The Tibetan I got to know best was a girl who worked in the bar in the hotel I was staying at. She was about 20 and wanted me to teach English at her school. Her hometown was in Shigatse, to the southwest of Lhasa, and she had come to Lhasa against her parents’ wishes when she was around 16. Tibetans usually got married before their early twenties, but she didn’t want to start thinking about that yet. She wanted to go to school, but her family wasn’t able to afford it and in the end she decided to come to Lhasa because she could make more money there. At first, she worked for her older sister’s husband. Her older sister had married a Chinese man, which, she told me, was increasingly common- Tibetans saw Chinese people as being more attractive because they did not look as poor as Tibetans, who were often farmers or nomads. However, she did not like working for her brother in law. Her job was to accompany male patrons at his restaurant, which she didn’t enjoy at all- she was bookish and would much rather just study. So she changed jobs and started working at this hotel, which was generally not too difficult since there were never many customers at the bar. She wanted to read when she wasn’t busy but the bar’s owner told her she couldn’t. However, the job left her with enough free time to go to school, so she still felt that she was pretty well off.
Occasionally I went down to the bar to chat. She and the other bartender- also a Tibetan girl- were often calling their brothers or boyfriends, who they would sometimes sing to over the phone.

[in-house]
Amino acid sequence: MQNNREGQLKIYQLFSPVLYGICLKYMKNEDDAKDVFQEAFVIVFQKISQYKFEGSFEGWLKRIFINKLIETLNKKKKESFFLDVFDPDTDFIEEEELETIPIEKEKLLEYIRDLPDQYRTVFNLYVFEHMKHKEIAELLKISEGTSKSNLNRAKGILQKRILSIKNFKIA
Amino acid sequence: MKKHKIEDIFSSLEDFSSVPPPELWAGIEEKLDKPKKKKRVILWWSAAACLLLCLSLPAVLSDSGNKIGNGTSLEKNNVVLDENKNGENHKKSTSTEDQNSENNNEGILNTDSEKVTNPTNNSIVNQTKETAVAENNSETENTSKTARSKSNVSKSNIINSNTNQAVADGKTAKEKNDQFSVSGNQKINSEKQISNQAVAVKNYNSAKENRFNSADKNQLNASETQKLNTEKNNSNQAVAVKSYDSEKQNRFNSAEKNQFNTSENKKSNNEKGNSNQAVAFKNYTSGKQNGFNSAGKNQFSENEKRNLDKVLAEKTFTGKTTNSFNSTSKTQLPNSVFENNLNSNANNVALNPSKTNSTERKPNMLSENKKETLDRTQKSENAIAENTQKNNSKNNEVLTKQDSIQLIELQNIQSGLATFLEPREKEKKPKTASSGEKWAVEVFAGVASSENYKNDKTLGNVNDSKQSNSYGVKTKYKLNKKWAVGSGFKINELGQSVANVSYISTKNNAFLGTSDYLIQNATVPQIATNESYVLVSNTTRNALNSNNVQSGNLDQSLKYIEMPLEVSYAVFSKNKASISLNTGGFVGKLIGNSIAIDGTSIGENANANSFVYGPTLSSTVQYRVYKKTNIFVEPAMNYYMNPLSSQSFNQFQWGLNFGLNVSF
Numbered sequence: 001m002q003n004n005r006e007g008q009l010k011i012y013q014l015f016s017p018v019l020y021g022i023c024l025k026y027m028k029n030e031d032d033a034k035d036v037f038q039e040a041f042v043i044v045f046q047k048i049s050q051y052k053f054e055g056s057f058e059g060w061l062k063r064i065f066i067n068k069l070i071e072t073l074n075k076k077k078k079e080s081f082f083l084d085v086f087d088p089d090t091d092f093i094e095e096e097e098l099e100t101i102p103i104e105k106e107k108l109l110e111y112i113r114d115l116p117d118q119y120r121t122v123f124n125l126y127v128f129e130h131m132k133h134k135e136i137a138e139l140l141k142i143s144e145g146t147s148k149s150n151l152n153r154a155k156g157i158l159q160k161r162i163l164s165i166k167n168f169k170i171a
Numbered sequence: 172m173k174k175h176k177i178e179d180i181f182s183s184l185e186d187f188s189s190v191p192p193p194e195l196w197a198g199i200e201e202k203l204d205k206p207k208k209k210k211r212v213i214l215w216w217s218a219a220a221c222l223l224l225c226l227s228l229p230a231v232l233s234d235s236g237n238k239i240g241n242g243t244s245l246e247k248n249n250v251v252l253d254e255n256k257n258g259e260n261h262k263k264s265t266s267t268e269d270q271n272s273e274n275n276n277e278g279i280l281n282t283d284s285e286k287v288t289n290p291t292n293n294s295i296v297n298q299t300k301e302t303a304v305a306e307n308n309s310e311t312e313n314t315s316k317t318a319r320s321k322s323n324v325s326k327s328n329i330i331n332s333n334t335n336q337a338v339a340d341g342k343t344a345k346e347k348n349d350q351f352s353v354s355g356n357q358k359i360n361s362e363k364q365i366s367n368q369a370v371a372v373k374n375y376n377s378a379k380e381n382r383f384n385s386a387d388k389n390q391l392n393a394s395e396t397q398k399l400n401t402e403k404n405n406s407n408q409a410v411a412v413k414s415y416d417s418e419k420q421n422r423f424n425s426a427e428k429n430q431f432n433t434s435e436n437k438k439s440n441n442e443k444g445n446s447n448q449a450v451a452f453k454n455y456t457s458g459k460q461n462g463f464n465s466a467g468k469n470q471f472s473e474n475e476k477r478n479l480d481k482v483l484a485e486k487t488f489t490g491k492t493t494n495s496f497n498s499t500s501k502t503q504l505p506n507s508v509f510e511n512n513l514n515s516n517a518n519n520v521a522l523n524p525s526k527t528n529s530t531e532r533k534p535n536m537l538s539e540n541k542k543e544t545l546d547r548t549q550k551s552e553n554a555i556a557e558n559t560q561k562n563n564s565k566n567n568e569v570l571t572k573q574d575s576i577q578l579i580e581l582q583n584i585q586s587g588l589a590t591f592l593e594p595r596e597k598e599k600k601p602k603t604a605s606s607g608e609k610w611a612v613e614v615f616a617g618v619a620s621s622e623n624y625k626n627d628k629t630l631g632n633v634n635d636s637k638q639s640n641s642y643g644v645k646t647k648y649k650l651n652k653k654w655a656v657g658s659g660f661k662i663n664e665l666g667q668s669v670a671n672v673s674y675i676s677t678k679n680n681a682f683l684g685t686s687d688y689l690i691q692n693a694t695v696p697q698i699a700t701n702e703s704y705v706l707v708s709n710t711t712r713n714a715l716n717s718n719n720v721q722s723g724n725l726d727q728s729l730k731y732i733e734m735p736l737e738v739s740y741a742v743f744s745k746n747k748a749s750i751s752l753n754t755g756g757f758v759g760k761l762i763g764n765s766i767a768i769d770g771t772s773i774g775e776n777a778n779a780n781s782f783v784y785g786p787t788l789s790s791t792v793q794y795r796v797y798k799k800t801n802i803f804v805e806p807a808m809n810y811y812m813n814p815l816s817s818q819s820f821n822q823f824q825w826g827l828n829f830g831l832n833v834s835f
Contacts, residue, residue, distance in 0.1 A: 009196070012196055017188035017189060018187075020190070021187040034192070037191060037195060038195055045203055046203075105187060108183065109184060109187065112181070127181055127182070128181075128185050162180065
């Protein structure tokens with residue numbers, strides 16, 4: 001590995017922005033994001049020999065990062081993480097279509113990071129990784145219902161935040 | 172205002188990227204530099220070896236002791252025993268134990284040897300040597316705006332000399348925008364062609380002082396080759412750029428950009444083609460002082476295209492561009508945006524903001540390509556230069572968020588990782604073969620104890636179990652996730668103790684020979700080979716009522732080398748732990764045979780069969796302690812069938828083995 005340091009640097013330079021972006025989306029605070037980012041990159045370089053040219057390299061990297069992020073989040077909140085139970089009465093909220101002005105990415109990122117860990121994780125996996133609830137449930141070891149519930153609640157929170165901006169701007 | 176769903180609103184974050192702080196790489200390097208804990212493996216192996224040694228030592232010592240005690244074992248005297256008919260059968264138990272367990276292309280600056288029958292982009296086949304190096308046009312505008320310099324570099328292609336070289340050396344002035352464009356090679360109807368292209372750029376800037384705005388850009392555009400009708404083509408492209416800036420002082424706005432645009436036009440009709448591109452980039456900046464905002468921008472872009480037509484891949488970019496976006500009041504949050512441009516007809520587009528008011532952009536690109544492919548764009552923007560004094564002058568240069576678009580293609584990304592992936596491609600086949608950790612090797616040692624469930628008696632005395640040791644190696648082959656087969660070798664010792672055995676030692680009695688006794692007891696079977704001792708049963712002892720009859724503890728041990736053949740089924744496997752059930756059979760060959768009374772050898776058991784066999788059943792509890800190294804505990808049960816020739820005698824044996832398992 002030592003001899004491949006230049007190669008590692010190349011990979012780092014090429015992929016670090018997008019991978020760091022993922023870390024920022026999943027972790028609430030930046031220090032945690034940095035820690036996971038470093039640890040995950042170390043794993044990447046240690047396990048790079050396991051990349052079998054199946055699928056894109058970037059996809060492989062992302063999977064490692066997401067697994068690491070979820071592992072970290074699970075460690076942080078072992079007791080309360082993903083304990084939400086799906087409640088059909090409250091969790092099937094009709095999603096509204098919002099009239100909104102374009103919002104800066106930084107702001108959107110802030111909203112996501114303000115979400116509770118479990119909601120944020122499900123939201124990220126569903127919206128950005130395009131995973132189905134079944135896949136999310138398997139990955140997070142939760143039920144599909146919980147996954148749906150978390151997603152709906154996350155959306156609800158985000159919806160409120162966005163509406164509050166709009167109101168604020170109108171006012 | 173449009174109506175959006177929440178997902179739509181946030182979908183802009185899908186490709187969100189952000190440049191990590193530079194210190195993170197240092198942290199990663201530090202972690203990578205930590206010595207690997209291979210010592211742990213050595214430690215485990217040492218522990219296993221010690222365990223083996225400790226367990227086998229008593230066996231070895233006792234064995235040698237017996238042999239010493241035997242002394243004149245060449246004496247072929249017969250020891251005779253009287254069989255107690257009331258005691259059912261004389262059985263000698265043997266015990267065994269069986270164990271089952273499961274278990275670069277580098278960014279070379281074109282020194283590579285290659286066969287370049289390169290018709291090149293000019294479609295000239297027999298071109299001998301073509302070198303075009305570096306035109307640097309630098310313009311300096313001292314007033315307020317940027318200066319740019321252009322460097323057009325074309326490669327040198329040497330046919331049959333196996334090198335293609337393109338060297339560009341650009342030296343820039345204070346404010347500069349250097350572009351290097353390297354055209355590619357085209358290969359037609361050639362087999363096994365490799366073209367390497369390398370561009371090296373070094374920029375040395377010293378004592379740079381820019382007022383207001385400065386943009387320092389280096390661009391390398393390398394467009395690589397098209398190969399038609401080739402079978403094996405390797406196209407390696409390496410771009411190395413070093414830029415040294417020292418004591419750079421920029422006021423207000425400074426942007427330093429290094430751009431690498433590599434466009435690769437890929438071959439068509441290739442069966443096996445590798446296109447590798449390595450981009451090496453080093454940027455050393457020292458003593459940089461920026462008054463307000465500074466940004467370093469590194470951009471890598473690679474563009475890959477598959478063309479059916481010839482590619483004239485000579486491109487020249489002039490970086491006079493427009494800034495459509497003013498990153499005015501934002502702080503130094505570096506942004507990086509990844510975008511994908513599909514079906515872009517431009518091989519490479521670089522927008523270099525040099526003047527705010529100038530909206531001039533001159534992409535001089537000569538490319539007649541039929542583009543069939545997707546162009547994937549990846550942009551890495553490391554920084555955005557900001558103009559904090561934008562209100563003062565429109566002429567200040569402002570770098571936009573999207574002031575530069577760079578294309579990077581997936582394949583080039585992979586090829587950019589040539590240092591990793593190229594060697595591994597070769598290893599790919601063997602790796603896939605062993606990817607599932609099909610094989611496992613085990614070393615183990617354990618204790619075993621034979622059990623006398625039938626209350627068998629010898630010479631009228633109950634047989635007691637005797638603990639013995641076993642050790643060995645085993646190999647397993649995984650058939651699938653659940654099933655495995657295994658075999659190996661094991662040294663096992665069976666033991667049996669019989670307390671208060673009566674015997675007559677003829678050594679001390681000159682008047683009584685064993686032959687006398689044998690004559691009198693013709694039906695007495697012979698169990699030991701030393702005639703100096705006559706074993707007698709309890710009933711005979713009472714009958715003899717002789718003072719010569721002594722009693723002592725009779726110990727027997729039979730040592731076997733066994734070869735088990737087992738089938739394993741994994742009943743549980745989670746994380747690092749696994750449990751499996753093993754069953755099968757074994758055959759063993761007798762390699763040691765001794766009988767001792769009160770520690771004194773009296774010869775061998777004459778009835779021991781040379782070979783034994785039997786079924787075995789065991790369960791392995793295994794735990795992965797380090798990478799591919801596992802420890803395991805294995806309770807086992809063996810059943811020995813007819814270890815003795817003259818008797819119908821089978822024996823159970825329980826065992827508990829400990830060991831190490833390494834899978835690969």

Sometimes they were watching television when I came down. There was only one TV station in Tibetan, so they mostly watched TV in Chinese. The shows consisted of the usual assortment of historical dramas, American Idol-like singing contests and documentaries that you find everywhere in China, but I found one show particularly interesting. It was a quiz game show, with competing groups of students from Tibet (I couldn't tell if they were actually Tibetan). They were asked questions about Tibet’s geography, culture and history, and their answers all reflected the Chinese government’s version of reality in Tibet. The final question was this: “What four revolutionary traditions do Tibetans have?” When the students heard the question they all looked at each other in confusion. The Tibetans watching the show with me all giggled. After discussing the question with their teammates the students were all able to come up with three of the “traditions” (unfortunately I don’t remember them) but were still stumped by the fourth. By this time the Tibetans were in stitches. In the end the MC had to tell them the answer- “the tradition of opposing the Dalai Lama.”
As in western Sichuan, I found that Tibetans in Lhasa were not as virulently anti-Chinese as Tibetans in Qinghai. I still never asked people outright what they thought about China, but Tibetans who I talked to did make it clear that they did not like speaking Chinese. Right after saying something to some people, they would often tell me “don’t speak Chinese!” If someone didn’t speak English we really had no choice, but if someone did speak English- and there were many people who did speak it, generally much better than the average Chinese person- they insisted that we use English.